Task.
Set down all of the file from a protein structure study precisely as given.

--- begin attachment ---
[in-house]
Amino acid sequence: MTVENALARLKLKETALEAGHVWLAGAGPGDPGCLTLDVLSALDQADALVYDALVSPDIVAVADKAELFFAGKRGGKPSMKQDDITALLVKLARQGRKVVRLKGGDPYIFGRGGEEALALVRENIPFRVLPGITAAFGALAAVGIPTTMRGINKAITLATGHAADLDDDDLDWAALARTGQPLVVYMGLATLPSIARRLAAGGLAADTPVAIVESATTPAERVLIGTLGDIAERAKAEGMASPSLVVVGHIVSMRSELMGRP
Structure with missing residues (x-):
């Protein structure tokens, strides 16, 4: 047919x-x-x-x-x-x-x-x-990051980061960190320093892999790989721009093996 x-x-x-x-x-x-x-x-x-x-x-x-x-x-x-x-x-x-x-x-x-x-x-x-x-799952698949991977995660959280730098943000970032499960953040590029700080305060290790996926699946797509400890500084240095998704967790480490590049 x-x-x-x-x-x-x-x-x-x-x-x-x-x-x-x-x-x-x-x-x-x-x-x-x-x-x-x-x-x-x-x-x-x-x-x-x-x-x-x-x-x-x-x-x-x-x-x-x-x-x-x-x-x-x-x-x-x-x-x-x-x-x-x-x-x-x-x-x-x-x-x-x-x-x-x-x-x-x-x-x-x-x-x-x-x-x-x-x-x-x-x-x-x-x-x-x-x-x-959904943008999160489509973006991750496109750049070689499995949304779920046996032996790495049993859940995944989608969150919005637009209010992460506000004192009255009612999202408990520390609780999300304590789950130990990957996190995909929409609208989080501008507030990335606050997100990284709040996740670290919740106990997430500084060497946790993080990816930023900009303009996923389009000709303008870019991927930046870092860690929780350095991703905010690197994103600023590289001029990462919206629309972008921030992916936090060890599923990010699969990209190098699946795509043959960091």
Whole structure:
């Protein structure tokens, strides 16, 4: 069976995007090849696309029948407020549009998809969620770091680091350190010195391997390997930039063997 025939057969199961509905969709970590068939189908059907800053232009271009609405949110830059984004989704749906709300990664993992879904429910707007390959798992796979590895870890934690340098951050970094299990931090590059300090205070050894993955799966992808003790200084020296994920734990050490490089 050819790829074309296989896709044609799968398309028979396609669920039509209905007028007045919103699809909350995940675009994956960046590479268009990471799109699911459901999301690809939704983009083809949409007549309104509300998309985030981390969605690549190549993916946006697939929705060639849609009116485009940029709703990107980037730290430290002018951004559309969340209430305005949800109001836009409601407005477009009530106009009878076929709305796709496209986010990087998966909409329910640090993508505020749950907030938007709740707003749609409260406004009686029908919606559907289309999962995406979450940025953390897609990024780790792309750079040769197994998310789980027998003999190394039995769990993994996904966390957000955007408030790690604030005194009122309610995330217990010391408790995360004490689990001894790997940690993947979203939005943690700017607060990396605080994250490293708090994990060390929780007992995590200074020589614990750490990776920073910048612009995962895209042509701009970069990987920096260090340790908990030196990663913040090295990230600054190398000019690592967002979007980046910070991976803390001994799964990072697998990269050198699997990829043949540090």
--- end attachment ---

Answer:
[in-house]
Amino acid sequence: MTVENALARLKLKETALEAGHVWLAGAGPGDPGCLTLDVLSALDQADALVYDALVSPDIVAVADKAELFFAGKRGGKPSMKQDDITALLVKLARQGRKVVRLKGGDPYIFGRGGEEALALVRENIPFRVLPGITAAFGALAAVGIPTTMRGINKAITLATGHAADLDDDDLDWAALARTGQPLVVYMGLATLPSIARRLAAGGLAADTPVAIVESATTPAERVLIGTLGDIAERAKAEGMASPSLVVVGHIVSMRSELMGRP
Structure with missing residues (x-):
């Protein structure tokens, strides 16, 4: 047919x-x-x-x-x-x-x-x-990051980061960190320093892999790989721009093996 x-x-x-x-x-x-x-x-x-x-x-x-x-x-x-x-x-x-x-x-x-x-x-x-x-799952698949991977995660959280730098943000970032499960953040590029700080305060290790996926699946797509400890500084240095998704967790480490590049 x-x-x-x-x-x-x-x-x-x-x-x-x-x-x-x-x-x-x-x-x-x-x-x-x-x-x-x-x-x-x-x-x-x-x-x-x-x-x-x-x-x-x-x-x-x-x-x-x-x-x-x-x-x-x-x-x-x-x-x-x-x-x-x-x-x-x-x-x-x-x-x-x-x-x-x-x-x-x-x-x-x-x-x-x-x-x-x-x-x-x-x-x-x-x-x-x-x-x-959904943008999160489509973006991750496109750049070689499995949304779920046996032996790495049993859940995944989608969150919005637009209010992460506000004192009255009612999202408990520390609780999300304590789950130990990957996190995909929409609208989080501008507030990335606050997100990284709040996740670290919740106990997430500084060497946790993080990816930023900009303009996923389009000709303008870019991927930046870092860690929780350095991703905010690197994103600023590289001029990462919206629309972008921030992916936090060890599923990010699969990209190098699946795509043959960091």
Whole structure:
């Protein structure tokens, strides 16, 4: 069976995007090849696309029948407020549009998809969620770091680091350190010195391997390997930039063997 025939057969199961509905969709970590068939189908059907800053232009271009609405949110830059984004989704749906709300990664993992879904429910707007390959798992796979590895870890934690340098951050970094299990931090590059300090205070050894993955799966992808003790200084020296994920734990050490490089 050819790829074309296989896709044609799968398309028979396609669920039509209905007028007045919103699809909350995940675009994956960046590479268009990471799109699911459901999301690809939704983009083809949409007549309104509300998309985030981390969605690549190549993916946006697939929705060639849609009116485009940029709703990107980037730290430290002018951004559309969340209430305005949800109001836009409601407005477009009530106009009878076929709305796709496209986010990087998966909409329910640090993508505020749950907030938007709740707003749609409260406004009686029908919606559907289309999962995406979450940025953390897609990024780790792309750079040769197994998310789980027998003999190394039995769990993994996904966390957000955007408030790690604030005194009122309610995330217990010391408790995360004490689990001894790997940690993947979203939005943690700017607060990396605080994250490293708090994990060390929780007992995590200074020589614990750490990776920073910048612009995962895209042509701009970069990987920096260090340790908990030196990663913040090295990230600054190398000019690592967002979007980046910070991976803390001994799964990072697998990269050198699997990829043949540090």